A unipolar single electrode pectoral transvenous defibrillation system has been shown to be an effective means to treat VF and can be inserted into the left infraclavicular subcutaneous region.5 6 7 8 However, in small individuals or those with limited subcutaneous space, present ICD can size may force an abdominal insertion or a subpectoralis muscle implant and thereby increase the complexity of the procedure. Thus, a smaller can size could have significant surgical advantage if it does not compromise defibrillation efficacy for this otherwise simple-to-use, single-lead ICD.
Previous defibrillation studies with epicardial lead systems, using either monophasic or biphasic pulses, have shown that the surface area of electrodes is a significant factor for defibrillation efficacy.9 10 11 12 Given that the current unipolar system uses the active can as an electrode, the surface area of the can could play a significant role in defibrillation efficacy. In this study, however, there was no significant difference in defibrillation efficacy among active cans varying in volume between 80 cc, 60 cc, and 40 cc with surface areas of 112 cm2, 88 cm2, and 62 cm2, respectively. The mean defibrillation threshold in each of the systems tested was below 10 J. In addition, there was no significant difference among the varying can sizes in leading edge voltage or current required for defibrillation. The one factor that did differ among the different sized cans was pathway resistance. Although the larger electrode afforded a lower pathway resistance, this did not result in improved defibrillation efficacy.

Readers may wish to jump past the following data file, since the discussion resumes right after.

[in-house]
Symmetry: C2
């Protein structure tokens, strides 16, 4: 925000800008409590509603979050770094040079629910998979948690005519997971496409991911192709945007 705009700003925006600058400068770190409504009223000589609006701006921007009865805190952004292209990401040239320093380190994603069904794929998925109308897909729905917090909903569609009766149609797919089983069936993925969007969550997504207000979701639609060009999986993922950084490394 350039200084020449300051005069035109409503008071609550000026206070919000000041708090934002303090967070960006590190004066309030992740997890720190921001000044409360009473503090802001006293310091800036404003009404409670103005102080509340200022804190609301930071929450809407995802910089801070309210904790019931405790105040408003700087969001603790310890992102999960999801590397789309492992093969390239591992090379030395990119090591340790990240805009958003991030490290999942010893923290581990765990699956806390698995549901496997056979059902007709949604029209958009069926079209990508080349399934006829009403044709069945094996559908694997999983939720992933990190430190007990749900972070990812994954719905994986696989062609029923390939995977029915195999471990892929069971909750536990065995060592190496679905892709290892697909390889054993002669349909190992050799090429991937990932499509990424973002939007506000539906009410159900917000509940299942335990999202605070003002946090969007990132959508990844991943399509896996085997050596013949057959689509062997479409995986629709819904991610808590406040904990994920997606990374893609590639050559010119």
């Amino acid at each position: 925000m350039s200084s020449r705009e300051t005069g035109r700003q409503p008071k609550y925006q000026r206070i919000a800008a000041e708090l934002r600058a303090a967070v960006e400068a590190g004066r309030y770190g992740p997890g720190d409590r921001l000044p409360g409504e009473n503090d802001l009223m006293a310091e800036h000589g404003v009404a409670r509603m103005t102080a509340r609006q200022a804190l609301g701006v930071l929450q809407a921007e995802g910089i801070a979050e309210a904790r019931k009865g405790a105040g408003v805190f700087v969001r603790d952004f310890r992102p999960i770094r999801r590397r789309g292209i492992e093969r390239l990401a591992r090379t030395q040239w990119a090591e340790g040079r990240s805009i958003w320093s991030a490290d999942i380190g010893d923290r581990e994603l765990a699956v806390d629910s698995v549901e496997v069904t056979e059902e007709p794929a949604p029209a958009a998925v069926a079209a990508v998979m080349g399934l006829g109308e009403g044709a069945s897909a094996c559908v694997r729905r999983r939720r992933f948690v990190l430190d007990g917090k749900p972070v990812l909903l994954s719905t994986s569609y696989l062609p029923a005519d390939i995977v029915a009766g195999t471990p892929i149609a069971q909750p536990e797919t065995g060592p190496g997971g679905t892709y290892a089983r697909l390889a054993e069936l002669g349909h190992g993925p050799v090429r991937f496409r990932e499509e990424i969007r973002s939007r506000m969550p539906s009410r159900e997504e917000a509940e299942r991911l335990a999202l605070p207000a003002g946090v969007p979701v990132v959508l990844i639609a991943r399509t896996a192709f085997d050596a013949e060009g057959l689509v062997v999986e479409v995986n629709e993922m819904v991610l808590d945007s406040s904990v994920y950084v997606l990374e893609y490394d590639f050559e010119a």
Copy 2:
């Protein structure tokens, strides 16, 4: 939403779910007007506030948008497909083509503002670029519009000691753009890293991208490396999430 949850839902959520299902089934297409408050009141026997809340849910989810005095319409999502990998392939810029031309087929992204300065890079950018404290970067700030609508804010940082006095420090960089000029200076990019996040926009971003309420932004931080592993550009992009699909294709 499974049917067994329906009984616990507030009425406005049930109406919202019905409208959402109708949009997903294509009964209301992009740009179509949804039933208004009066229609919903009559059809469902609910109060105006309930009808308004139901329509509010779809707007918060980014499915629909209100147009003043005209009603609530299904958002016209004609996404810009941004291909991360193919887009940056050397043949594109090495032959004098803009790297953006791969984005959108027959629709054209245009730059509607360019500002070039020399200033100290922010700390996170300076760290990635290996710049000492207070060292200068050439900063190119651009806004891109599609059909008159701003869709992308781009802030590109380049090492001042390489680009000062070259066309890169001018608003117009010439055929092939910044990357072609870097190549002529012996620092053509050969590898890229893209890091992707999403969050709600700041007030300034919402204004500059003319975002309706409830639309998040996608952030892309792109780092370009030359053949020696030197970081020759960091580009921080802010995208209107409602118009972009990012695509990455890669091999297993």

One explanation as to why there was no statistically significant change in the defibrillation threshold despite a 50% reduction in surface area may be related to the observation that the electrode tissue interface impedance is a small component of overall shock resistance, within practical limits.13 14 It should be noted, however, that electrode-tissue interface impedance is nonlinear.15 Consequently, as electrode surface area is reduced beyond that evaluated in this study, electrode-tissue interface impedance may become more important and lead to more significant differences in defibrillation efficacy than seen in this study. Hence, there probably will be limits as to how small an active can could be. The trend seen in our data suggests that eventually defibrillation energy could increase unacceptably as the can size falls below 40 cc.
The results of this study on ICD size also have implications for ICD energy output. Because defibrillator size is significantly affected by capacitor technology, it would not be possible to provide a 34-J, 40-cc can ICD at this time with the 120-μF K-film capacitor used in this study. Although smaller 60-μF and 90-μF K-film capacitors have a modest effect on improving defibrillation efficacy in unipolar ICD systems, it is not sufficient to decrease capacitor size and therefore ICD size to 40 cc while maintaining a 34-J output.16 17 The direct relationship between capacitor size and energy cancels the slight advantage provided by use of a smaller capacitance. Thus, without a change in the basic capacitor technology, a 40-cc unipolar active can system will not be practical in the near future unless the maximal output of the device is reduced to 25 J or less. This study therefore anticipates either a reduced output ICD or improved capacitor technology before ICDs can be smaller.
This work was supported in part by grants from the National Institutes of Health (R01-HL-48814-03), from the Tachycardia Research Foundation, Seattle, Wash, and from Medtronic Corporation.
↵1 Dr Gust H. Bardy serves as a consultant to Medtronic, Inc, manufacturer of the unipolar defibrillation system.
- Received January 30, 1995.
- Revision received April 24, 1995.
- Accepted June 23, 1995.
- Copyright © 1995 by American Heart Association